- NFL teams have found player vaccine cards with questionable details, the Wall Street Journal reported.
- Teams have reportedly asked players if they were sure they wanted to submit those cards.
- NFL teams are in charge of checking cards, but some don’t bother or know how to check for fakes.
Though the NFL estimates that 93.5% of its players have received a COVID-19 vaccine, there have been questions about the legitimacy of some of those shots.
According to The Wall Street Journal’s Andrew Beaton, NFL teams, independently in charge of checking player vaccine cards, have noticed some questionable submissions.
According to Beaton, teams have noticed misspellings or dates for second shots that didn’t line up. In those instances, teams have asked players “if they were sure they wanted to submit that card,” Beaton reported.
The issue was recently raised with the Tampa Bay Buccaneers and Antonio Brown.
In November, Brown’s ex-personal chef, Steven Ruiz, told the Tampa Bay Times that Brown had received a fake vaccine card. The Tampa Bay Times published text messages showing Brown’s girlfriend asking Ruiz to purchase a fake card for Brown.
Though Ruiz said he could not purchase a fake card for Brown, the wide receiver is accused of getting one somewhere else.
According to the Tampa Bay Times, Alex Guerrero, Tom Brady’s personal trainer, friend, and business partner, had sent a photo of Brown’s card to the Buccaneers training staff to add to the database of who was vaccinated. It’s unclear if Guerrero knew it was fake, but Defector’s Kalyn Kahler reported on Friday that Brady was a big advocate of players getting vaccinated.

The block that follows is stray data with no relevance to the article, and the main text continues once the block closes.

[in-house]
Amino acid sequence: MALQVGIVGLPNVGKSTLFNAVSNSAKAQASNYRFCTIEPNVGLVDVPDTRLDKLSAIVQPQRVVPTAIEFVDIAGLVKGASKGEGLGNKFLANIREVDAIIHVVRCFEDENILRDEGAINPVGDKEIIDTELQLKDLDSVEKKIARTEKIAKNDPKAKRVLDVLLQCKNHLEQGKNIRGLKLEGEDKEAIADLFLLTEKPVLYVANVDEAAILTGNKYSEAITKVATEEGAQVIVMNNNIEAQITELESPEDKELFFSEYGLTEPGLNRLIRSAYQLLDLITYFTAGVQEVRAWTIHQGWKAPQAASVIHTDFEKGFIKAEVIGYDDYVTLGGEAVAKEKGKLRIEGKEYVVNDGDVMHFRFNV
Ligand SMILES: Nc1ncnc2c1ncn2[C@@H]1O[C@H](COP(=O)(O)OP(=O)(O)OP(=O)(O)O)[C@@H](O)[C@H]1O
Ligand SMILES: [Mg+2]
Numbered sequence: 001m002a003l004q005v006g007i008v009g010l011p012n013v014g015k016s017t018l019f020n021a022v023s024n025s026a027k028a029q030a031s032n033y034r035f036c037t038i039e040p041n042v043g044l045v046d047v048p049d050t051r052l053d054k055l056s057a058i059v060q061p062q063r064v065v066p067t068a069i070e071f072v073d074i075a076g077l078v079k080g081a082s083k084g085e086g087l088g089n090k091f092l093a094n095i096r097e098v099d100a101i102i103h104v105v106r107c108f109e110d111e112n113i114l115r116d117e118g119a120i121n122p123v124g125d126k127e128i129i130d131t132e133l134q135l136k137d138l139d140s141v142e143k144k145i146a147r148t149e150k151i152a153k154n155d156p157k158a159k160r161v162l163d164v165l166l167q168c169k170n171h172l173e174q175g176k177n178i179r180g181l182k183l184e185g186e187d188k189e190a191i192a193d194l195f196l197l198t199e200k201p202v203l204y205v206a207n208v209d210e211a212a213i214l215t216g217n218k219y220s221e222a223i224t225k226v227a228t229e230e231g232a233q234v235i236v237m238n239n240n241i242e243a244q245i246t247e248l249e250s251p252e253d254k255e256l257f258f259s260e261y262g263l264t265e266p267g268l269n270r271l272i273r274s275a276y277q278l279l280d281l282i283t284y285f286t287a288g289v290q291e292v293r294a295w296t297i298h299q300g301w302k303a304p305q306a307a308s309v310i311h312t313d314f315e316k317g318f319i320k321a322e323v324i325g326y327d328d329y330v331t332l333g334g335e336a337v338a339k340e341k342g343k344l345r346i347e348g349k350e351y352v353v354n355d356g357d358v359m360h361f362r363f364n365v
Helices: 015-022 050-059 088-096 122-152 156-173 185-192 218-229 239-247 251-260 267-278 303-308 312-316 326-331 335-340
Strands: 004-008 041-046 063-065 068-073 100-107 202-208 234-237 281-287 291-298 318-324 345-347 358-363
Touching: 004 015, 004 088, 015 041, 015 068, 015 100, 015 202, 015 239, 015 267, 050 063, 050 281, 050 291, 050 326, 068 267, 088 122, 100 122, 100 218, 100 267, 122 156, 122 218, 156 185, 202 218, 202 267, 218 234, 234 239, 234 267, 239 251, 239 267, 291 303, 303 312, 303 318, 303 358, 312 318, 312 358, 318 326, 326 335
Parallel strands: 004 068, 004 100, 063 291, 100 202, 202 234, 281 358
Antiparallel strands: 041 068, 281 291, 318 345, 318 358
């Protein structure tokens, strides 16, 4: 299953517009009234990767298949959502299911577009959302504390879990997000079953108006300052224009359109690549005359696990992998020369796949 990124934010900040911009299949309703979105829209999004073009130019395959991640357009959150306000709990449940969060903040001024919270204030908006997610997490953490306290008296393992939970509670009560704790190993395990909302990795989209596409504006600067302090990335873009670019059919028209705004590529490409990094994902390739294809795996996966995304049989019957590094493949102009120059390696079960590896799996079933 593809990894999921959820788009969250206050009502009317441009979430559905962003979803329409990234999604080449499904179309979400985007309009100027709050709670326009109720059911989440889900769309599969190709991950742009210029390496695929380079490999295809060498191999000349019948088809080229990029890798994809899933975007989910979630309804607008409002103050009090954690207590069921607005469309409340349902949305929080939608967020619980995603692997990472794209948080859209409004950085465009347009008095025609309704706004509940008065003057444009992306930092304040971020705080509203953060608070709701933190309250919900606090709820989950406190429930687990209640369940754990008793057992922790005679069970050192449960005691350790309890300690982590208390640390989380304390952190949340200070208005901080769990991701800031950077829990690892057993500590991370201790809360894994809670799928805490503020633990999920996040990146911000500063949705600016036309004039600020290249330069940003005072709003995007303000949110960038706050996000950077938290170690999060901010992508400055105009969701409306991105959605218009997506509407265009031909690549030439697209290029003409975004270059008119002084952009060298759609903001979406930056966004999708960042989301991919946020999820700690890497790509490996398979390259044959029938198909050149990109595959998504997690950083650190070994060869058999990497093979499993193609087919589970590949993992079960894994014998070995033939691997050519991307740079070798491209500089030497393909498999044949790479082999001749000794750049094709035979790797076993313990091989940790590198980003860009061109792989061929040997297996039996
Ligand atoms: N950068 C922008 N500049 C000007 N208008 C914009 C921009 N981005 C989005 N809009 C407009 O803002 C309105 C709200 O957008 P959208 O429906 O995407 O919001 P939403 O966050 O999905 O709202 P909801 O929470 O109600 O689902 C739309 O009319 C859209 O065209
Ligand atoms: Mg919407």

Beaton reported that when NFL investigators were initially surprised that Brown had gotten his vaccine in Citrus County, Florida, about 90 minutes from Tampa. When investigators found that two other players — Bucs safety Mike Edwards and now-free-agent wide receiver John Franklin III — had also gotten their vaccines from the same place at the same time, it led to the “scheme unraveling,” according to Beaton.
All three players were suspended for three games, the NFL announced on Thursday. ESPN reported that Brown got vaccinated after learning in training camp that he could get in trouble for having a fake card.
Kahler had previously reported that the process of checking vaccine cards has fallen into the hands of each team. While the league reportedly told teams to be wary of fake cards, they provided “no additional instruction or training on how to verify player vaccinations beyond taking photos of the cards,” according to Kahler.
One trainer told Kahler that after entering the card information into the system, he doesn’t ask any more questions.
Still, the NFL believes fake cards are not that prevalent. According to ESPN’s Dan Graziano, about 80% of players have received vaccines at team facilities, thus ensuring the shots are legitimate. The NFL also hasn’t found any difference in COVID positivity rate between players vaccinated at team facilities or off-site.